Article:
Why the ID community maybe SHOULD celebrate Carl Sagan day …
|November 12, 2011||Posted by News under Intelligent Design, Fine tuning, Cosmology, News|
In “Happy Carl Sagan Day” (The Best Schools, November 12, 2011) James Barham offers to help us celebrate the late, great Carl Sagan (1934-1996), along with thousands of atheists and “skeptics”:
Wait a minute. The great who?
If you are under the age of 40, it is unlikely you’ve ever heard of Carl Sagan (1934–1996). He was an astronomer at Cornell University, who enjoyed a brief hour of celebrity in the early 1980s with some pretty good popular science books and an interesting TV series called Cosmos. Maybe you can still catch the reruns on the Discovery Channel or someplace.
Today, though, he is mostly remembered for being lampooned as the guy who repeated the phrase ”billions and billions of stars” at every opportunity with a special smarmy emphasis. I think it was supposed to be about putting all those late-20th-century folks who still thought the earth was at the center of the universe in their place.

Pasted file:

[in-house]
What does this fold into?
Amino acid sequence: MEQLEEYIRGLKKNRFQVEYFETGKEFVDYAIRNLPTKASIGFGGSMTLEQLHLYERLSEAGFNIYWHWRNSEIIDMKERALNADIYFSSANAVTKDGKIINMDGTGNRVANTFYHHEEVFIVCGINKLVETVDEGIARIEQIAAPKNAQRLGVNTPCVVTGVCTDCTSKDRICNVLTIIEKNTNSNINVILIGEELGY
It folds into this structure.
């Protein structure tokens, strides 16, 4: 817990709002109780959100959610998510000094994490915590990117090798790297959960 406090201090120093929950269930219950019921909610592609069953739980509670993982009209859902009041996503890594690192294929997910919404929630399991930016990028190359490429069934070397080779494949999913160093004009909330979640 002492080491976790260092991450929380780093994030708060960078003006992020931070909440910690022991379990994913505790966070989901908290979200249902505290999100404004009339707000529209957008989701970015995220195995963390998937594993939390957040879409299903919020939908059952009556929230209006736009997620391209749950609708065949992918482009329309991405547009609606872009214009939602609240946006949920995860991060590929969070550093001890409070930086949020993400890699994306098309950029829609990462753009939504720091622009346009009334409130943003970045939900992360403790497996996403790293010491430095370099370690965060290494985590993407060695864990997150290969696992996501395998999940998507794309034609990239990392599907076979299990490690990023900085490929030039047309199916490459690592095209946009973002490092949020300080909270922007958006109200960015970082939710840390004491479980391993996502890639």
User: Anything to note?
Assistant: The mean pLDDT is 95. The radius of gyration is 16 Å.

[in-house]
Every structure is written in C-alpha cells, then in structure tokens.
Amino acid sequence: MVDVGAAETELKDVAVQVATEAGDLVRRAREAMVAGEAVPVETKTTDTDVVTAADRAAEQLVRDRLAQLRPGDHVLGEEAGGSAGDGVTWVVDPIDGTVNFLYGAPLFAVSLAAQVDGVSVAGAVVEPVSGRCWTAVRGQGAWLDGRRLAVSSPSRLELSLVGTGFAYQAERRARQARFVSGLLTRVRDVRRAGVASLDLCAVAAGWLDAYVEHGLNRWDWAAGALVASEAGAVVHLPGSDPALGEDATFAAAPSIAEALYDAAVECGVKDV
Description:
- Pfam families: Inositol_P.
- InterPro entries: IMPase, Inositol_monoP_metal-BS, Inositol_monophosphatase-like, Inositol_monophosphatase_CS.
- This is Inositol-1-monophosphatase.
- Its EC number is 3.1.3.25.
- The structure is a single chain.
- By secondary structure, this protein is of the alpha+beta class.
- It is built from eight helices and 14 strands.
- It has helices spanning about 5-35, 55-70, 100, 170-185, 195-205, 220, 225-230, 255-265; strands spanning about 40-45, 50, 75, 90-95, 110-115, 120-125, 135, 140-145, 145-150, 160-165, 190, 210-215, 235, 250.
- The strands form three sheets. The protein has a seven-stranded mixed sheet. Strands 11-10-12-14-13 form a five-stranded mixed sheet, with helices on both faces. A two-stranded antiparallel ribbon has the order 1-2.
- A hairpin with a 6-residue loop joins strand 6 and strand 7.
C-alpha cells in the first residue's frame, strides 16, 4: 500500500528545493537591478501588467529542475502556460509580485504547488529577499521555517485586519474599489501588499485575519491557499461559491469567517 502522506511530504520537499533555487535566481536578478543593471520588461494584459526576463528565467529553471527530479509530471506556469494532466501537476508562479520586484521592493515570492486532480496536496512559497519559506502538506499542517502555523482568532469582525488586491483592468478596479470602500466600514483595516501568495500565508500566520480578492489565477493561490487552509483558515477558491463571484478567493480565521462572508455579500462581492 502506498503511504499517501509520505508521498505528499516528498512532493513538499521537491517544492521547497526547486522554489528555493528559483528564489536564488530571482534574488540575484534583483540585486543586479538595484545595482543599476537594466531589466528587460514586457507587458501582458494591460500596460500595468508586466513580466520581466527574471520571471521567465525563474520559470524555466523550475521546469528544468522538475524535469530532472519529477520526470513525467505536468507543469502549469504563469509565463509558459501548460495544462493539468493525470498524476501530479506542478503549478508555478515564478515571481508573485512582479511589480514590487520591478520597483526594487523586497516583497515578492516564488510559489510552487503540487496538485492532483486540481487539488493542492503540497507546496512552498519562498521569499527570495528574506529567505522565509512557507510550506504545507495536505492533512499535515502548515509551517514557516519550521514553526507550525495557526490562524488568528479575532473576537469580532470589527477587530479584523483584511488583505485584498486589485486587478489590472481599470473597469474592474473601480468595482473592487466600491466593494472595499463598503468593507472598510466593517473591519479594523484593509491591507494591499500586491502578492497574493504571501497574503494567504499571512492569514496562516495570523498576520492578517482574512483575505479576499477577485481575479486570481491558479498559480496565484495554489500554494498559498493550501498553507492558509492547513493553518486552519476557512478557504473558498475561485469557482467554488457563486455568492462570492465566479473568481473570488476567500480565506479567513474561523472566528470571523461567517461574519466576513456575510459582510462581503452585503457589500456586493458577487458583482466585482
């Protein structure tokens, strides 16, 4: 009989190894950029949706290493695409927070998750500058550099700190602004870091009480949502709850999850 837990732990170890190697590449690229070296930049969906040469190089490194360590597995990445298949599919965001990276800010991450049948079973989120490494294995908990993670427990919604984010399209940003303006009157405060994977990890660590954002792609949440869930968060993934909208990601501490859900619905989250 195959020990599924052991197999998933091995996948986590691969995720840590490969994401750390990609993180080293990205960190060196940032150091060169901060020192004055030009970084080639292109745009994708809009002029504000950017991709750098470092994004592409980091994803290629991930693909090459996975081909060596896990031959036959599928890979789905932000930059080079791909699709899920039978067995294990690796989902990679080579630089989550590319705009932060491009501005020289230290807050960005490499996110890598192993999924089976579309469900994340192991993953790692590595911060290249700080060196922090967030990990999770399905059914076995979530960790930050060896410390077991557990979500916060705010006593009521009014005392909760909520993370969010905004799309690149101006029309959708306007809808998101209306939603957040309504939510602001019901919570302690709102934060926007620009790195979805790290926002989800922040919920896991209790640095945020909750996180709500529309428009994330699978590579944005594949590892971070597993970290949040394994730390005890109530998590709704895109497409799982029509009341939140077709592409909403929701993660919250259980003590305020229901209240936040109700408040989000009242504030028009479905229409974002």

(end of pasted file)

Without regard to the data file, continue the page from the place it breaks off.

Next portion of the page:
They still cite the “billions and billions”TM schtick today, for the same purpose, usually without acknowledgement. Some persist in seeing the fact that Sagan was never elected to the National Academy of Sciences as due to envy. In his case, it’s more likely that they realized that there just wasn’t much science, as such, in what he was saying.
Sagan’s greatest legacy is this: He cemented in popular media and culture the following assumptions about the relationship between “science” and “religion”:
“Science” is about the presumed accidental nature of our universe. “Religion” is about the evidence for fine-tuning.
“Science” argues that if Earth is fine-tuned for life, there “must be” billions and billions of Earths out there, plus aliens galore. “Religion” points out that we have no single bit of evidence for any of them.
“Science” says most DNA is junk. “Religion” says, wait and see. We did, and guess what?
“Science” claims that apes will one day write autobiographies. “Religion” claims that there is no evidence of any such thing, and points to the low quality of the evidence that apes are just like people.
Sagan was hardly the pioneer in this area, but he played a key role in establishing that the “science” of popular media is mostly bunk directed at supporting atheism and that any evidence-based assessment of life in our cosmos is the province of “religion” – where people tend to classify us.
Nice goin’, dude. The UD News desk salutes ya!
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